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As the housing affordability gap widens, middle-income

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As the housing affordability gap widens, middle-income  [#permalink]

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New post 31 Dec 2016, 23:23
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Gomze wrote:
I am not sure why C is better than B.Can anybody explain this to me?


However, therefore, furthermore etc. are not true conjunctions and are called conjunctive adverbs - comma + conjunctive adverb cannot join two independent clauses as co-coordinating conjunctions (e.g. and, but, yet, so etc.) do. A semicolon is required in case of conjunctive adverbs.

He studied hard, so he scored high... correct
He studied hard, therefore he scored high... wrong (run-on sentence)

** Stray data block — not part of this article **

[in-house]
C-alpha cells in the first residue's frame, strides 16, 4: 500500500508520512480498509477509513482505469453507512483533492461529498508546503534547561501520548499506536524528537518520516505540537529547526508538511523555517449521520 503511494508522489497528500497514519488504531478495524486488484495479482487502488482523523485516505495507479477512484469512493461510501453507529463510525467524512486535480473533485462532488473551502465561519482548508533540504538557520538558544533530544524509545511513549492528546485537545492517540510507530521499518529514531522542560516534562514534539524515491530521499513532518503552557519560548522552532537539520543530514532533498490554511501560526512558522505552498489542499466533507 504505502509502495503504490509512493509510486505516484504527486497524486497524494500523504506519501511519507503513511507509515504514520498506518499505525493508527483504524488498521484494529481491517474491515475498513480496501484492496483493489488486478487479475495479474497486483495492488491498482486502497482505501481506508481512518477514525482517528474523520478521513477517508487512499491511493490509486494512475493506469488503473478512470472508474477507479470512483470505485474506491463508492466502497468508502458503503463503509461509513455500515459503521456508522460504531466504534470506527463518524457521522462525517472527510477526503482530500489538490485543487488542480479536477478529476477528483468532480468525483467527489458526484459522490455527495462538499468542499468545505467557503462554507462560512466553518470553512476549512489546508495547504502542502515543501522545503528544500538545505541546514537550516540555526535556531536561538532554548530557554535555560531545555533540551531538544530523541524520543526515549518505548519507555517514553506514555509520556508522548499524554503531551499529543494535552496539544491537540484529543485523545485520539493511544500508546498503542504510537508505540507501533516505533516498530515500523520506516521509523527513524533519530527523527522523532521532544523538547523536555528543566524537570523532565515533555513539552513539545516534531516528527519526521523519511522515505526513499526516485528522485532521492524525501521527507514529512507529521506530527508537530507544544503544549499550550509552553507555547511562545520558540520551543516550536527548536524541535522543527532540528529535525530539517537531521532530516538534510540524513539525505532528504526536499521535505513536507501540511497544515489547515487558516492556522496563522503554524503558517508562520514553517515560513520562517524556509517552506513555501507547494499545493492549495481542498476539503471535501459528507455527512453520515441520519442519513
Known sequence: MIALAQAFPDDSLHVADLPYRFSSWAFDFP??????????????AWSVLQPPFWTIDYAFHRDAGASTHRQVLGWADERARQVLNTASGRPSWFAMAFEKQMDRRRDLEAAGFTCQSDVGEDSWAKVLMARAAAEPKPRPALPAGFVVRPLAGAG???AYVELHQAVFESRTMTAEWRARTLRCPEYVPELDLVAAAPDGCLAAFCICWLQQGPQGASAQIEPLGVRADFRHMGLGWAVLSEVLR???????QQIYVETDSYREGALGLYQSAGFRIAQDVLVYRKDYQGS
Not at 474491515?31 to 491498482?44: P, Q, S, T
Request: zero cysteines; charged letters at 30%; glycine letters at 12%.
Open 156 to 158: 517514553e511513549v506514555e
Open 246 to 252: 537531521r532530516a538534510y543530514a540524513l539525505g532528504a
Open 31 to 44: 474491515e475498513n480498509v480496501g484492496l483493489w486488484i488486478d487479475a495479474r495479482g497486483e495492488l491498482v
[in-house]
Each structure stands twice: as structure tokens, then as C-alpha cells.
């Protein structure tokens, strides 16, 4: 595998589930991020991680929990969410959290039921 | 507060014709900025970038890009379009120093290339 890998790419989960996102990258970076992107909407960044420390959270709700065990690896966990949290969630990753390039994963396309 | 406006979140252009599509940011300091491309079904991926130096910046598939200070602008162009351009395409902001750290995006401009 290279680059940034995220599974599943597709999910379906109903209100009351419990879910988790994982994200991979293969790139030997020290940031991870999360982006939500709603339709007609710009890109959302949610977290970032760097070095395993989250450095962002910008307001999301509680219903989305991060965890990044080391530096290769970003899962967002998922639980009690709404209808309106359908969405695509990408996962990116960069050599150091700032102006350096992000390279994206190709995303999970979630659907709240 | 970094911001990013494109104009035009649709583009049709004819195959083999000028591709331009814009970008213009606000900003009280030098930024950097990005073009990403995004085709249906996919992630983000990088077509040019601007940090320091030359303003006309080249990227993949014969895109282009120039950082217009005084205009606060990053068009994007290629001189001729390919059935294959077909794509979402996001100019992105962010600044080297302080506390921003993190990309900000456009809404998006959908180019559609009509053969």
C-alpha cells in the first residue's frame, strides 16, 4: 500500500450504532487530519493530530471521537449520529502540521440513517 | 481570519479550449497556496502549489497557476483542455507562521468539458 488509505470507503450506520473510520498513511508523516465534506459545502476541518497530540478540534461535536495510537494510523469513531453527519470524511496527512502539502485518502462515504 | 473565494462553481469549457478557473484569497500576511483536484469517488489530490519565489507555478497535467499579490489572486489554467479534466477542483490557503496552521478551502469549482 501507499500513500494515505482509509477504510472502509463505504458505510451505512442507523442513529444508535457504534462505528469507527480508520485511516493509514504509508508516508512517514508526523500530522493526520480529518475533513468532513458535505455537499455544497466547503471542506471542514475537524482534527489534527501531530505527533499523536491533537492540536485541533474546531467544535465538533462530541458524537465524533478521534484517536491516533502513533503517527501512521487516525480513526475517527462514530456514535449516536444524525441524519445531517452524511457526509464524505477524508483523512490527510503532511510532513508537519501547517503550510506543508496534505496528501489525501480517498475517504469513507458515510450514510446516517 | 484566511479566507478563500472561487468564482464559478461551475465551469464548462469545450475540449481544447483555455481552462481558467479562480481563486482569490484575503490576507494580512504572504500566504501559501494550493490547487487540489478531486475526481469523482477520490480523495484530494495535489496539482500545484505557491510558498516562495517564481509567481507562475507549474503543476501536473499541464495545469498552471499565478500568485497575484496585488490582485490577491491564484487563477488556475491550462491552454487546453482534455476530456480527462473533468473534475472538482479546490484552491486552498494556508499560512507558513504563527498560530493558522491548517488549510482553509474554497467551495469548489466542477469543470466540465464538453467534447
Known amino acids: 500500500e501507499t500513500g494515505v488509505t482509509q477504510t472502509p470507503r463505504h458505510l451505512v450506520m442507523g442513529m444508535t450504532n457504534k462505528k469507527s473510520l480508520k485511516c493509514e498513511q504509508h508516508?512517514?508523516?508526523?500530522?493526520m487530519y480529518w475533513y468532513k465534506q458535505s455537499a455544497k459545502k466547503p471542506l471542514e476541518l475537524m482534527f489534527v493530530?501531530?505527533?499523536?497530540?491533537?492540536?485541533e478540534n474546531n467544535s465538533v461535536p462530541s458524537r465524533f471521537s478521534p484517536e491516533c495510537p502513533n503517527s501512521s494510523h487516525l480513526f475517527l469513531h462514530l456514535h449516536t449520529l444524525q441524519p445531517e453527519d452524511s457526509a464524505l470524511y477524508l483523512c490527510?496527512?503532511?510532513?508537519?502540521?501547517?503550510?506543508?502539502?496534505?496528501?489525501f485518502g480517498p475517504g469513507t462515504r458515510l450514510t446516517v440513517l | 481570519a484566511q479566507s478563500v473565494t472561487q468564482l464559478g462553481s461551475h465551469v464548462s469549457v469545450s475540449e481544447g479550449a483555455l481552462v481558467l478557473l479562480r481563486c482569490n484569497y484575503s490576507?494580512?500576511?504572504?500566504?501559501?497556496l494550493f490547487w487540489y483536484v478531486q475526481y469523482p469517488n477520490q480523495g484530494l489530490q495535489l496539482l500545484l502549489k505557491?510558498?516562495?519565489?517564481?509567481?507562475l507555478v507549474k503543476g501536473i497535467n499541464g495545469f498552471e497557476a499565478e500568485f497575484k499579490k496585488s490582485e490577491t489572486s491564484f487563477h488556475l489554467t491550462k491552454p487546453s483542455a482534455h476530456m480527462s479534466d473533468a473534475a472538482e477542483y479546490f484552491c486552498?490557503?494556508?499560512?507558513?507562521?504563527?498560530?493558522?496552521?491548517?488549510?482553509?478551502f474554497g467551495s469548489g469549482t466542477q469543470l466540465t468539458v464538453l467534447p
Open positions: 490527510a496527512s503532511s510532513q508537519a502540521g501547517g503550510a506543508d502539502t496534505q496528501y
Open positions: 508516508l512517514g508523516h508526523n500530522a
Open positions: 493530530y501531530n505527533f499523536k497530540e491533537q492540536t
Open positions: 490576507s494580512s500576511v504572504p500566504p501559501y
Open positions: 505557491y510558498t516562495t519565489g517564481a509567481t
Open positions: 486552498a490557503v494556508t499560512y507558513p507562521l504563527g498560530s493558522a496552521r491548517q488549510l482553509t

He studied hard; therefore he scored high...correct

"Yet" is a coordinating conjunction, and "furthermore" is a conjunctive adverb. Therefore B is a run-on sentence, but C is alright.
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New post 31 Dec 2016, 23:46
I am yet to understand why C is makes more sense than B. that's why I choose B.
C introducing contrast which is not required in the sentence. As the underlined statement is just a extension of the first sentence. Hence, FURTHERMORE will be more appropriate than YET.
When I go deep into the meaning. I feel SINCE is making the statement incorrect. Because of may be C is the right choice..

Please clarify.
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New post 01 Jan 2017, 00:48
prashantrchawla wrote:
I am yet to understand why C is makes more sense than B. that's why I choose B.